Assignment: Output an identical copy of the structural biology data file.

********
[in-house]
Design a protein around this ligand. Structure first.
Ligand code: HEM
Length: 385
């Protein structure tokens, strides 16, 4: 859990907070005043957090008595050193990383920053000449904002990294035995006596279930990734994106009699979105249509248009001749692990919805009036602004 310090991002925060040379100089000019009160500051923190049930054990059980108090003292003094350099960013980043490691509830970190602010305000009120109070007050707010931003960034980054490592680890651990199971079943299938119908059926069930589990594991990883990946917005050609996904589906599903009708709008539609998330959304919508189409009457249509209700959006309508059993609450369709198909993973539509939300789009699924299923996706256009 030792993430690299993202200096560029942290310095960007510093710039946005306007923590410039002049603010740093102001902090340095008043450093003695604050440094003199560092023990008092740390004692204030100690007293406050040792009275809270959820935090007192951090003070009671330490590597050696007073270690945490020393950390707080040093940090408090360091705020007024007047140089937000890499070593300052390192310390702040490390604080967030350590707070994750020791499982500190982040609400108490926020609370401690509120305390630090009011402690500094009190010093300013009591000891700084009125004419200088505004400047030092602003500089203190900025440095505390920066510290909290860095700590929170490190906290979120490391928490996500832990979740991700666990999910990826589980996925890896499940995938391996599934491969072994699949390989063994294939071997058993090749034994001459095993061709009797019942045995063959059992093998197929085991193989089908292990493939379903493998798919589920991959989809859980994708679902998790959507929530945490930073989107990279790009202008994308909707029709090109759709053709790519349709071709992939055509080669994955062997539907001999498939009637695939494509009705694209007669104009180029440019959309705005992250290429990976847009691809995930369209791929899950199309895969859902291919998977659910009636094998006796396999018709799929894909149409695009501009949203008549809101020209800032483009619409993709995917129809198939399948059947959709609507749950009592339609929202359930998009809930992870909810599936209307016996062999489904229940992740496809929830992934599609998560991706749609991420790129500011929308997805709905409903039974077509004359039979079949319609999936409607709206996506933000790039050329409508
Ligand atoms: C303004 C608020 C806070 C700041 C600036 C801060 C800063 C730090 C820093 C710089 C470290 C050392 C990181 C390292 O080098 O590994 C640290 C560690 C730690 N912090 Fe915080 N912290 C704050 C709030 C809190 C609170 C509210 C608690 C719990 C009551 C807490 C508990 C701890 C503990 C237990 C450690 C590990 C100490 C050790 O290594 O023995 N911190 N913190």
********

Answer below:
[in-house]
Design a protein around this ligand. Structure first.
Ligand code: HEM
Length: 385
């Protein structure tokens, strides 16, 4: 859990907070005043957090008595050193990383920053000449904002990294035995006596279930990734994106009699979105249509248009001749692990919805009036602004 310090991002925060040379100089000019009160500051923190049930054990059980108090003292003094350099960013980043490691509830970190602010305000009120109070007050707010931003960034980054490592680890651990199971079943299938119908059926069930589990594991990883990946917005050609996904589906599903009708709008539609998330959304919508189409009457249509209700959006309508059993609450369709198909993973539509939300789009699924299923996706256009 030792993430690299993202200096560029942290310095960007510093710039946005306007923590410039002049603010740093102001902090340095008043450093003695604050440094003199560092023990008092740390004692204030100690007293406050040792009275809270959820935090007192951090003070009671330490590597050696007073270690945490020393950390707080040093940090408090360091705020007024007047140089937000890499070593300052390192310390702040490390604080967030350590707070994750020791499982500190982040609400108490926020609370401690509120305390630090009011402690500094009190010093300013009591000891700084009125004419200088505004400047030092602003500089203190900025440095505390920066510290909290860095700590929170490190906290979120490391928490996500832990979740991700666990999910990826589980996925890896499940995938391996599934491969072994699949390989063994294939071997058993090749034994001459095993061709009797019942045995063959059992093998197929085991193989089908292990493939379903493998798919589920991959989809859980994708679902998790959507929530945490930073989107990279790009202008994308909707029709090109759709053709790519349709071709992939055509080669994955062997539907001999498939009637695939494509009705694209007669104009180029440019959309705005992250290429990976847009691809995930369209791929899950199309895969859902291919998977659910009636094998006796396999018709799929894909149409695009501009949203008549809101020209800032483009619409993709995917129809198939399948059947959709609507749950009592339609929202359930998009809930992870909810599936209307016996062999489904229940992740496809929830992934599609998560991706749609991420790129500011929308997805709905409903039974077509004359039979079949319609999936409607709206996506933000790039050329409508
Ligand atoms: C303004 C608020 C806070 C700041 C600036 C801060 C800063 C730090 C820093 C710089 C470290 C050392 C990181 C390292 O080098 O590994 C640290 C560690 C730690 N912090 Fe915080 N912290 C704050 C709030 C809190 C609170 C509210 C608690 C719990 C009551 C807490 C508990 C701890 C503990 C237990 C450690 C590990 C100490 C050790 O290594 O023995 N911190 N913190």